Speaking of which, what makes Dreamfall Chapters so interesting and admittedly rather terrifying is almost everything you choose to say and do can change the course of the story, and you’ll be constantly reminded throughout, adding another drop of sweat and wrinkle to that forehead. This feature is not only intimidating, but it’ll let you know a point which could have worked out differently, giving you an opportunity to revisit that part another time and change your decision in the future. Throughout you’ll also be threatened with timed events that can “Shift the Balance” as they put it, and it’s these occurrences that will really affect your game, and upon completion of that particular Book/Episode will the game tease you of when that decision may come back to haunt you. I’ve played games before that can be altered enormously by your decision making, and with each of them it was very difficult to determine how much will be affected and when it will be affected, not to mention having the outcome actually be worth the hype, however Dreamfall Chapters defies all of those presumptions, as though still vague, your actions will be summarised at the end of each of its 5 episodes, telling you that the consequence could occur soon, or later, which was enough to get me excited and eager to continue. It’s fair to say that walking around the map simply talking to people isn’t what most will call an exciting video game, but being held accountable for your actions is, and wonderfully plenty of your decisions will be tested. It’s a very unique way to play, never before have I thought so much about how to best answer a simple question, so for the most part Dreamfall Chapters is quite the tantalizing adventure, and it could be so much more, that’s it everything between the dialogue wasn’t so unbearably boring.
It’s clear that the studio has worked very hard to create a deep and riveting narrative, with plenty of twists, turns and tough decisions to keep you in check, however it’s a great shame that everything either side of it is boring and very tedious. Now, being an avid RPG enthusiast I’m used to endlessly walking around a map, talking to everyone and everything, and it’s not that I have a problem with, but what I do hate however is how slow you move, how every NPC says the exact same thing and how the game’s map is about as useful as a chocolate fireplace. With no mini-map on the screen and an objective telling me to go somewhere I’ve never been to, having to pause the game to open up the map began to grate on me incredibly quickly, even more so when the map would only show me vaguely where I needed to go; I would often waste time talking to everyone in the area where the marker was, or spending ages looking for my objective that actually happens to be on the floor above. As Dreamfall Chapters is a narrative driven game, a few annoyances such as the ones above shouldn’t really come into play if the story is well crafted and delivered, but considering you do need to walk around the map to keep the tale going, those annoyances do play a key role in the occasional displeasure I felt. At the top of this article I was most interested in finding out exactly how much ‘puzzle’ takes place in the ‘adventure’, and disappointingly I found them to be few and far between, often completable within a small area and nothing more than a bit of item hunting. I didn’t expect the puzzles in Dreamfall Chapters to be Earth shattering, but I did expect them to be at least enjoyable and actually puzzling, and sadly they weren’t.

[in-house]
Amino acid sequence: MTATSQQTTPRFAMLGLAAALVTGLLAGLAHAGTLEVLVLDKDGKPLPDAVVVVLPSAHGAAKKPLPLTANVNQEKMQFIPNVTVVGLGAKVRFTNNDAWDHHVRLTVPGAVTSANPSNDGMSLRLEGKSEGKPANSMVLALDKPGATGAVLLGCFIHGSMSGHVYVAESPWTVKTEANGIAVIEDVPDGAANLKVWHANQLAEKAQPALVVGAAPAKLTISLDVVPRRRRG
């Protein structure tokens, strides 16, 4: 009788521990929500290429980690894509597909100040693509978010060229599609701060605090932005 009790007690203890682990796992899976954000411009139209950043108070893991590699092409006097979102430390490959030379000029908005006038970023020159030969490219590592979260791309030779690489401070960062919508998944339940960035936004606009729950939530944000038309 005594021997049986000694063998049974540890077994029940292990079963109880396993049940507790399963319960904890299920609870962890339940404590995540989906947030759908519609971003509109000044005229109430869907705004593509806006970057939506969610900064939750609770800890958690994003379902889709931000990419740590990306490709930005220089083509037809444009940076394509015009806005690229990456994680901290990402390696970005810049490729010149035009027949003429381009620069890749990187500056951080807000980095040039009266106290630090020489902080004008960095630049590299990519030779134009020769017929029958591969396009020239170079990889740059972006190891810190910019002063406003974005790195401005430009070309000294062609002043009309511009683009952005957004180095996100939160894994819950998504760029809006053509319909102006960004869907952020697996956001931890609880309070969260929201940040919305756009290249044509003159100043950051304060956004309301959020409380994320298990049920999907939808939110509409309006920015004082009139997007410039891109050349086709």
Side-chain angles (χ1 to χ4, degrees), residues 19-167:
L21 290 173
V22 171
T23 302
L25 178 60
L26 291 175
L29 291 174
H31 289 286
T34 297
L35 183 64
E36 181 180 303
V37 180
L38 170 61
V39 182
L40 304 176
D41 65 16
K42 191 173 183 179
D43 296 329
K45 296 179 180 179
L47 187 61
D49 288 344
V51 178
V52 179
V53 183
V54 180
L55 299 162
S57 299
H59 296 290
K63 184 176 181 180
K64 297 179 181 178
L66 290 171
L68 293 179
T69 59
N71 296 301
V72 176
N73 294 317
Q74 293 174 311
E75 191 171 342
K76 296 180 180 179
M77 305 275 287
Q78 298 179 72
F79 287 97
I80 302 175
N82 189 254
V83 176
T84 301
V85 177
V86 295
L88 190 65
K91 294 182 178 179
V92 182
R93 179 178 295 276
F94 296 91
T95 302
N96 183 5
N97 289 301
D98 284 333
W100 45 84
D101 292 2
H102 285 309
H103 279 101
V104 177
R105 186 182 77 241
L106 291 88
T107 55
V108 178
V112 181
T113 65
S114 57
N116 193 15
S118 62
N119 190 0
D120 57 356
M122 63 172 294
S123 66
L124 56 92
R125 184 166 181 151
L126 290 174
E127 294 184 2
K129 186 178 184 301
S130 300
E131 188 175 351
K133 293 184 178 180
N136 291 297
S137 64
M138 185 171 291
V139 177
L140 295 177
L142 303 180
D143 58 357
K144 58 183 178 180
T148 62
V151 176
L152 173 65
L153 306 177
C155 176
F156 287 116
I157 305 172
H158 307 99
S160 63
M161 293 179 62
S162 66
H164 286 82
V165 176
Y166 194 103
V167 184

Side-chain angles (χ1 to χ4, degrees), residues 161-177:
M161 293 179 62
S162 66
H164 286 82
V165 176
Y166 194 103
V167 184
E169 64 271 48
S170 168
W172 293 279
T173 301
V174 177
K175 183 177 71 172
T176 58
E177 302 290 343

Dreamfall Chapters, at best is a mystifying, intriguing and well written story, however at worst it is a slow-paced and sometimes hard to swallow game with no gameplay present to break up the long dialogue and fetch quests. Once the story starts to pick up pace, fans of both the franchise and the paranormal will wholeheartedly enjoy the unfolding story, a story which I might add is read from a strong script and an excellent voice cast. Having a constant fear and awareness of every move you make and everything that you say makes Dreamfall Chapters quite an exciting story to sit through (especially when you get reminded of that at the end of each episode), however the lack of captivating gameplay will upset some, whilst the frustrating presentation will upset most. With a strong cast, great soundtrack and bewitching tale, Dreamfall Chapters marks a thrilling final act to The Longest Journey saga, just don’t expect to do an awful lot.